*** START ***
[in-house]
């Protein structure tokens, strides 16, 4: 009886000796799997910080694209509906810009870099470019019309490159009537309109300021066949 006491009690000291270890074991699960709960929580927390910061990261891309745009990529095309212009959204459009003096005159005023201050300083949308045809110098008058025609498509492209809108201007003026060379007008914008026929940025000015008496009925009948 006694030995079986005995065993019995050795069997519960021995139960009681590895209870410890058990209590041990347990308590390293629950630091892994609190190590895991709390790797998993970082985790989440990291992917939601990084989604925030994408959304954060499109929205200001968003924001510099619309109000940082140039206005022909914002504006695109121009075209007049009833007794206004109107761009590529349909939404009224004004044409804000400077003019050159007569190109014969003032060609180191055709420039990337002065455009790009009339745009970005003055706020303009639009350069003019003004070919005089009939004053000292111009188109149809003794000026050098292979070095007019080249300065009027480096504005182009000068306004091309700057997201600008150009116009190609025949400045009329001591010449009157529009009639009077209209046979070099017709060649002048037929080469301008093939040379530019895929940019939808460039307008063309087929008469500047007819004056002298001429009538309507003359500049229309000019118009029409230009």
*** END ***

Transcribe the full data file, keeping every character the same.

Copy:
[in-house]
């Protein structure tokens, strides 16, 4: 009886000796799997910080694209509906810009870099470019019309490159009537309109300021066949 006491009690000291270890074991699960709960929580927390910061990261891309745009990529095309212009959204459009003096005159005023201050300083949308045809110098008058025609498509492209809108201007003026060379007008914008026929940025000015008496009925009948 006694030995079986005995065993019995050795069997519960021995139960009681590895209870410890058990209590041990347990308590390293629950630091892994609190190590895991709390790797998993970082985790989440990291992917939601990084989604925030994408959304954060499109929205200001968003924001510099619309109000940082140039206005022909914002504006695109121009075209007049009833007794206004109107761009590529349909939404009224004004044409804000400077003019050159007569190109014969003032060609180191055709420039990337002065455009790009009339745009970005003055706020303009639009350069003019003004070919005089009939004053000292111009188109149809003794000026050098292979070095007019080249300065009027480096504005182009000068306004091309700057997201600008150009116009190609025949400045009329001591010449009157529009009639009077209209046979070099017709060649002048037929080469301008093939040379530019895929940019939808460039307008063309087929008469500047007819004056002298001429009538309507003359500049229309000019118009029409230009």